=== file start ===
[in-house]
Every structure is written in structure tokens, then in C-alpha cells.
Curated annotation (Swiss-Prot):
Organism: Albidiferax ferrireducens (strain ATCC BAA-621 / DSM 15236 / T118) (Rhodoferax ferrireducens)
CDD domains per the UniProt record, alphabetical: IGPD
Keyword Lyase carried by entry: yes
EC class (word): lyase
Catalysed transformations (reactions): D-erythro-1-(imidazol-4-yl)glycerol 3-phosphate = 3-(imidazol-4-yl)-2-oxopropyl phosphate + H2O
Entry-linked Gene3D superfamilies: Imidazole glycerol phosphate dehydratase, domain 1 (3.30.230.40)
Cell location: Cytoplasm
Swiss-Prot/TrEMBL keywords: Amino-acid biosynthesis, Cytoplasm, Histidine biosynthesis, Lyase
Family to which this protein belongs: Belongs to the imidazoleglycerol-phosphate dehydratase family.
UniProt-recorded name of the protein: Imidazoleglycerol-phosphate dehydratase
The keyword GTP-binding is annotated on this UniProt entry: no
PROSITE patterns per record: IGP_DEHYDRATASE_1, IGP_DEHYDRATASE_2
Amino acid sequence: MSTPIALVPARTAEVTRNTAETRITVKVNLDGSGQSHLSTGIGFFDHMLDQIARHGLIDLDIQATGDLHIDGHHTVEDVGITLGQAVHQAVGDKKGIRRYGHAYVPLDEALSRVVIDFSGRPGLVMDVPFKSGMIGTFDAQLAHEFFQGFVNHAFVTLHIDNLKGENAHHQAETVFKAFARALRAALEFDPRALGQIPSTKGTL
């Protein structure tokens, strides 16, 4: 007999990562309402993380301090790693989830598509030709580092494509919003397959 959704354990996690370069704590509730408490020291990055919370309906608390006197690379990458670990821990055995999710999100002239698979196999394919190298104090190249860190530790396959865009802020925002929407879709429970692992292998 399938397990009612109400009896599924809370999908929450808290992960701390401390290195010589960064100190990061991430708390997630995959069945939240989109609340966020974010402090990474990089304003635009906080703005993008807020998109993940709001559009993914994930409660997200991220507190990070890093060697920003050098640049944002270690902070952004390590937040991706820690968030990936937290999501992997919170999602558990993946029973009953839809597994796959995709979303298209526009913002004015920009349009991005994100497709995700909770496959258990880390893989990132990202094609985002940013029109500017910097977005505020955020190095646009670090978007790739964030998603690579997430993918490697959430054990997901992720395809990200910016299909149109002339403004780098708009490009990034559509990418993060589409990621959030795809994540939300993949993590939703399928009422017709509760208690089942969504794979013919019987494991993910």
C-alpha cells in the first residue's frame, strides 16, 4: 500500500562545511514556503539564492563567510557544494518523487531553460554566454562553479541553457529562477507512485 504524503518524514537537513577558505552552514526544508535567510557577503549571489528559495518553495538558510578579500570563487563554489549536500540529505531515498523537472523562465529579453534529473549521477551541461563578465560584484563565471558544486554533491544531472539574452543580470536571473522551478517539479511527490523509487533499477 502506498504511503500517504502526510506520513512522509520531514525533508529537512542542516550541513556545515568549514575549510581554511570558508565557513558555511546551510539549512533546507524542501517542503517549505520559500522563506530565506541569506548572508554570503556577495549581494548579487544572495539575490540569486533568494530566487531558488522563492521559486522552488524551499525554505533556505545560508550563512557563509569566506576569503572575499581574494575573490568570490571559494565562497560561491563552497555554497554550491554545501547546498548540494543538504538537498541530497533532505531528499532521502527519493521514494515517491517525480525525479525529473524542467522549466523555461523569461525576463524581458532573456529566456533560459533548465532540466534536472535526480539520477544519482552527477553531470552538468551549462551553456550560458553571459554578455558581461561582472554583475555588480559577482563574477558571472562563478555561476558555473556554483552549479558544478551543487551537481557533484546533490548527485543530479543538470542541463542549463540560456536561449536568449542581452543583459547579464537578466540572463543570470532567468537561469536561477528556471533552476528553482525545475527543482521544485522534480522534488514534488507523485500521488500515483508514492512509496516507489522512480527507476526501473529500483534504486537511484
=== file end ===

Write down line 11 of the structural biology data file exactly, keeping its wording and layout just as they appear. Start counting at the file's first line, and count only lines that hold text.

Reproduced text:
Swiss-Prot/TrEMBL keywords: Amino-acid biosynthesis, Cytoplasm, Histidine biosynthesis, Lyase